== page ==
Obamascare (verb): To frighten a member of congress into voting “yes” by threatening them with the Affordable Care Act.
President Trump had a simple message for the GOP on Thursday night, in the hours after the vote on AHCA was delayed: Pass my bill, or GTFO.
(GTFO stands for Get The Full Obamacare.)
He’s offering the House two options, they can either vote today, Friday, and pass the American Health Care Act and send it to the Senate, or they can fail to pass it, and he will just leave Obamacare in place and move on.
“We’re going to repeal Obamacare. We are going to replace Obamacare with something so much better.” – Donald Trump during the 2016 campaign.
It’s a win for Trump either way. If they pass it, he can not only claim victory over congress, but that he forced them to live up to their promises of these 7 years past. After which, of course, the whole mess gets repeated in the Senate, where he has plenty of enemies to blame when it fails.
If they don’t pass it, he gets to move on to something else, blame the House conservatives forever, and he has Obamacare there to always bitch about. Since Trump doesn’t like conservatives, this seems like it’s tailor-made for him. But either way, he wins.
All of which may, at first, sound like a brilliant move by a skilled tactician. That is, until you remember who it is that loses: the American people.
Trump, Ryan, and pretty much every Republican in existence have spent months – nay, years – telling us how terrible Obamacare is, and how much it hurts America and the American family. Trump made it one of the features of his campaign, one of his core appeals to working class, tea party types. The government is taking your money, they are wasting it, they are controlling healthcare. I will fix it.
And now, having already failed to repeal Obamacare on his first day or in his first month, he’s going to give up and fail to do it at all? He’ll do that instead of negotiate? That, instead of deal-making from the “Art of the Deal” author? Instead of putting in the work, he’ll just stick Americans with the legislation he called “amazingly destructive.”
“We are going to make this country so great again. We are going to work so hard.” – Donald Trump during the 2016 campaign.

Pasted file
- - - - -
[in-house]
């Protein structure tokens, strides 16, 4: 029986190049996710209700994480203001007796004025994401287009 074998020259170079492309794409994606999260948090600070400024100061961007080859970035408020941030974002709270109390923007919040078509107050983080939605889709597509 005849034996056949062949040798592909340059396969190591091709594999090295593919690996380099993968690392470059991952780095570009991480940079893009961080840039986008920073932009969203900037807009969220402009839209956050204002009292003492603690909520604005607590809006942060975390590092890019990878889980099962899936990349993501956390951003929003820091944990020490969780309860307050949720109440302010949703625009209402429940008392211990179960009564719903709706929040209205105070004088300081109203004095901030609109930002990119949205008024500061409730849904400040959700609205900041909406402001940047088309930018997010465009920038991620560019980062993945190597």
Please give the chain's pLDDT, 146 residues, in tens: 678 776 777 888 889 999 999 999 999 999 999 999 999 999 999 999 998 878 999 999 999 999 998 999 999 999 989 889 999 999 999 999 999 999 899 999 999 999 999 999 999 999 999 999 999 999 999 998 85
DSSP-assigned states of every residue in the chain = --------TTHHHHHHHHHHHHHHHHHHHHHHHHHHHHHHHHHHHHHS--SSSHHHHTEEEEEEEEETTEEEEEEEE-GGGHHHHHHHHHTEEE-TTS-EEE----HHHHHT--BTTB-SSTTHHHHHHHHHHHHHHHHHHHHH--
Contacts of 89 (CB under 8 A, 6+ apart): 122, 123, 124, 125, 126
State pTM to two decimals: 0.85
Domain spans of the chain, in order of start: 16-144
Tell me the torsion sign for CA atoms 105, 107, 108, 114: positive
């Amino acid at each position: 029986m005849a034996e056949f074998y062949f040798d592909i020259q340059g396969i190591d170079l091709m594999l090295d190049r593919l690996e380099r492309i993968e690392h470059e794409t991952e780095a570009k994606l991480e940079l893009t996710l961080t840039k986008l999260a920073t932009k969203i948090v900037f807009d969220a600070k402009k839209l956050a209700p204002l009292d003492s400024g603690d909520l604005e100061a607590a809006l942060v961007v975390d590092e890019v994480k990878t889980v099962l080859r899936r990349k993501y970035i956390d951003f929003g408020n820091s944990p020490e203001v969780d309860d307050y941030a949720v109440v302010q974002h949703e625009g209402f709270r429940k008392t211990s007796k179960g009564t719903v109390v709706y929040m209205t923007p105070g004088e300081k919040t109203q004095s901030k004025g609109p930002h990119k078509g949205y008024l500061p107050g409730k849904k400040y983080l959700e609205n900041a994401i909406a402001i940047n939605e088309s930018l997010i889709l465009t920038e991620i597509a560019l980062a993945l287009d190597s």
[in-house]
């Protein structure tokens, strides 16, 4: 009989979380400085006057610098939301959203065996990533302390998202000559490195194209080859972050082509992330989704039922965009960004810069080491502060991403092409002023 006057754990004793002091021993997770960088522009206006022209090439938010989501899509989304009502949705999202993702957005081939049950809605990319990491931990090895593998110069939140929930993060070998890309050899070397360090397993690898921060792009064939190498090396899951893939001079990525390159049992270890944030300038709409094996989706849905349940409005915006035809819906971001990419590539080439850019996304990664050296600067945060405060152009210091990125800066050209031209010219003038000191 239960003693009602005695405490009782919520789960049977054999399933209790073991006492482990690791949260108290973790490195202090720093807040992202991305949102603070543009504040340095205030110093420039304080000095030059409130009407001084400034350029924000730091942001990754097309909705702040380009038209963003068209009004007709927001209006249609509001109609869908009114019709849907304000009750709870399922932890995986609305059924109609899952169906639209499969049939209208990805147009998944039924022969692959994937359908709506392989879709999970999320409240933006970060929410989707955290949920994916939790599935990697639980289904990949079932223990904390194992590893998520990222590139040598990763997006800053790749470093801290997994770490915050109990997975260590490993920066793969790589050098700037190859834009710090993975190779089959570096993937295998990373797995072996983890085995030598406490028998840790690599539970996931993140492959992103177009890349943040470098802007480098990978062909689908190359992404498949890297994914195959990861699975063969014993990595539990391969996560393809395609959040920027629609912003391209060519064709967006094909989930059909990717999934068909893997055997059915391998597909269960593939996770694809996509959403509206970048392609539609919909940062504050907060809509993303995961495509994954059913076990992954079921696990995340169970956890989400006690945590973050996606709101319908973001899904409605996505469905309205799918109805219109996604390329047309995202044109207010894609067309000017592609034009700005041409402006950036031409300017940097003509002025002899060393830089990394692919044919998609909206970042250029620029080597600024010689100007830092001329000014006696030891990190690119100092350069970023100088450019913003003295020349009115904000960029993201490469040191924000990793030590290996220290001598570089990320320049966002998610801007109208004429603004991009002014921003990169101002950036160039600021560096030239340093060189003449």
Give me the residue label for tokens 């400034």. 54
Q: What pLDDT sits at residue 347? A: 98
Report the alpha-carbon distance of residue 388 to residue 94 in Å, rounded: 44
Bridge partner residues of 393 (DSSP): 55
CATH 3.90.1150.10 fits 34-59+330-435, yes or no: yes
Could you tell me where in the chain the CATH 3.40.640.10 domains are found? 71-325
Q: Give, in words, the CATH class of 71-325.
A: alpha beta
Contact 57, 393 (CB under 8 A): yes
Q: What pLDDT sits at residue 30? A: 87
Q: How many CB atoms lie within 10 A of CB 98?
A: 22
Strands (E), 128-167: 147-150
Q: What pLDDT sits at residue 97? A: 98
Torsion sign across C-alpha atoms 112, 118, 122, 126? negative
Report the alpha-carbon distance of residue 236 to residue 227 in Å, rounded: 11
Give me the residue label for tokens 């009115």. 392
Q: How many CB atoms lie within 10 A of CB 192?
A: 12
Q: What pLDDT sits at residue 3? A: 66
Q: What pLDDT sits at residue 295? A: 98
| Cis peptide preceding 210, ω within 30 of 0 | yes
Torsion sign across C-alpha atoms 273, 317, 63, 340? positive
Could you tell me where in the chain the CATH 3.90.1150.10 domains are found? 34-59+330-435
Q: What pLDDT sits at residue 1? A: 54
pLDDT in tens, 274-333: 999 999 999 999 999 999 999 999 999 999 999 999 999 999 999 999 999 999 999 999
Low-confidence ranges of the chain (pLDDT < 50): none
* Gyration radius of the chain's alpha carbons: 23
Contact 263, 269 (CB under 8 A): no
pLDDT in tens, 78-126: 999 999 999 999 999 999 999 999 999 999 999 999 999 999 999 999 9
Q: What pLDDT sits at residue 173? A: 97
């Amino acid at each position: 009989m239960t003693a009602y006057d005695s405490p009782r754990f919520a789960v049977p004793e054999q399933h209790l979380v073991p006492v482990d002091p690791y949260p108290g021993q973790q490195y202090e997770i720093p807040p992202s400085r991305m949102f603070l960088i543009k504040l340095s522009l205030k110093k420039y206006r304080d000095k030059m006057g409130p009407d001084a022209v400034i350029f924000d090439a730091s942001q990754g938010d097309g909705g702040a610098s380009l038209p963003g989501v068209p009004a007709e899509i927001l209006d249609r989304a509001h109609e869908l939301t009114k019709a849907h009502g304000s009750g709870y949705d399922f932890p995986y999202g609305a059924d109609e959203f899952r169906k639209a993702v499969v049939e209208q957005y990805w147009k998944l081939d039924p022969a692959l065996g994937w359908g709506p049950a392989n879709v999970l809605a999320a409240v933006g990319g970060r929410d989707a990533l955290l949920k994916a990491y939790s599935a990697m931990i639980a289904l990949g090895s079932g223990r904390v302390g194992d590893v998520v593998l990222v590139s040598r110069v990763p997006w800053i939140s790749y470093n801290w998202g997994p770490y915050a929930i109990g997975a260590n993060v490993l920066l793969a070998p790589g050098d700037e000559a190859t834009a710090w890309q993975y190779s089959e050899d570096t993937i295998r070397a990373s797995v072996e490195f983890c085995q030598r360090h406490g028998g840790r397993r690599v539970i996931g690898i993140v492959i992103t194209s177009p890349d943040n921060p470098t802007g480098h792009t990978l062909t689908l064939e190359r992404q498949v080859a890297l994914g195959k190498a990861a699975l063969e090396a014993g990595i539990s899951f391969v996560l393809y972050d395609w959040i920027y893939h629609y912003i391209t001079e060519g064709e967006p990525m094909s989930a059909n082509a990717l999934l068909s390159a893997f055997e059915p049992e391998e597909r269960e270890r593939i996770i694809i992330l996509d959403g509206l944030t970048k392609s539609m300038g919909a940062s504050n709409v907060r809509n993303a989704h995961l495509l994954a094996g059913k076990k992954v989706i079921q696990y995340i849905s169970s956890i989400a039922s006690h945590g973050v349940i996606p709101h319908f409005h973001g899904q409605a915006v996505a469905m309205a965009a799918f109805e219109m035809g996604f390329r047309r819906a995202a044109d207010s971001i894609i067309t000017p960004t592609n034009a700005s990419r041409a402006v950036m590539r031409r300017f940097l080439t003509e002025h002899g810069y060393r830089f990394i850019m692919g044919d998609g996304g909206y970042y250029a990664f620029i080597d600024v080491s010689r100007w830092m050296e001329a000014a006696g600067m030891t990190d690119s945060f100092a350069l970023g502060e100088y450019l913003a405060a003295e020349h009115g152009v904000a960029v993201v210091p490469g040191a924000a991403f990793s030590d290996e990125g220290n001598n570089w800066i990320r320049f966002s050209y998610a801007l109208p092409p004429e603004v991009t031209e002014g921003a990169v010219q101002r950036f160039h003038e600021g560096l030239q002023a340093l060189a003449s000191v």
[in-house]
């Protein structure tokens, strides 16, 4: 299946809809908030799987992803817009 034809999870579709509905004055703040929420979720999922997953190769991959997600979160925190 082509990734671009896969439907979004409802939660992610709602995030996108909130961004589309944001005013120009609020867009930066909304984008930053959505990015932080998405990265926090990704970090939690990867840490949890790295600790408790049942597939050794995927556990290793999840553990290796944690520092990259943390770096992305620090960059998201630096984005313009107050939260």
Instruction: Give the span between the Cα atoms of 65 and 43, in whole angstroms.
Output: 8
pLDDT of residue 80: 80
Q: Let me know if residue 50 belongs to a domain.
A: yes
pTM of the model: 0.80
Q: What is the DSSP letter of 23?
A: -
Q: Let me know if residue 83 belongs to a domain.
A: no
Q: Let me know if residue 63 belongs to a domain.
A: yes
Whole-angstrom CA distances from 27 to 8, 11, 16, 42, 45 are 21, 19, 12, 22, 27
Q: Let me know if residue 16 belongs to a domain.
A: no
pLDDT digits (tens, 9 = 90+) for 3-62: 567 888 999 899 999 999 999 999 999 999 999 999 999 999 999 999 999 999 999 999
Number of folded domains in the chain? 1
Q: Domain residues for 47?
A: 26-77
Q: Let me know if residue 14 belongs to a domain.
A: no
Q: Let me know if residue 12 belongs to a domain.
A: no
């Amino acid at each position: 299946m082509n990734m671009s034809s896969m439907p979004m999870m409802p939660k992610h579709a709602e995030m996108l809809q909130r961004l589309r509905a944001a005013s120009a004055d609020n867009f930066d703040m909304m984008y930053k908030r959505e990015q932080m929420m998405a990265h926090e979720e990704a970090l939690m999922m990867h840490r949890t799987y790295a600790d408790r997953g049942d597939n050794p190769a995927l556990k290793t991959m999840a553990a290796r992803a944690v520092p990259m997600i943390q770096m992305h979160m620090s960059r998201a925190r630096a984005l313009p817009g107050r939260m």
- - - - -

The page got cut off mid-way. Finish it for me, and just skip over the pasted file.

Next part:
Trumpcare is his baby. He’s the President, and this was one of his campaign promises. A promise made before we knew there would be majorities in both houses. A promise made over and over.
Some say the threat is a good gamble. Force congress to act on their promise. Make them vote and move forward at last. But that leaves aside the fact that this bill isn’t what they promised. Yes, sure, after all this time, it should have been. They should have been prepared for the negotiations and have a real bill ready. They don’t, though, and there is no good in doing bad. Wrong is worse than nothing.
Besides, doing something works. Some parts of the bill are already better today than they were Monday. Just last night, they changed the Essential Health Benefits mandate. That process should continue because this is serious business. Don’t stop now, when it has destroyed deficit savings without changing the amount of people who will become uninsured. You want to keep the bad press and uninsured Americans and get barely half the cost savings? Why not fix it before you vote? Negotiating works. Do the work.
But no, the leadership and the White House want their participation trophy. They want it now. They don’t want members going home for the weekend and having time to think. Because they don’t want to fix it. They’ve made their concessions, and now they want credit and photo ops.
This immediate, world-ending, Obamascare deadline is because Trump is tired of looking bad. He’s the man behind Trumpcare, and every day people are trashing it. Even his stalwart, erstwhile campaign defenders.
So this is it. Hell or high premiums. Today the House will vote. And if they don’t give Trump what he wants, he’s going to punish the voters with more Obamacare.
That’s what you got when you voted, folks. He won. Now we’ll see who loses.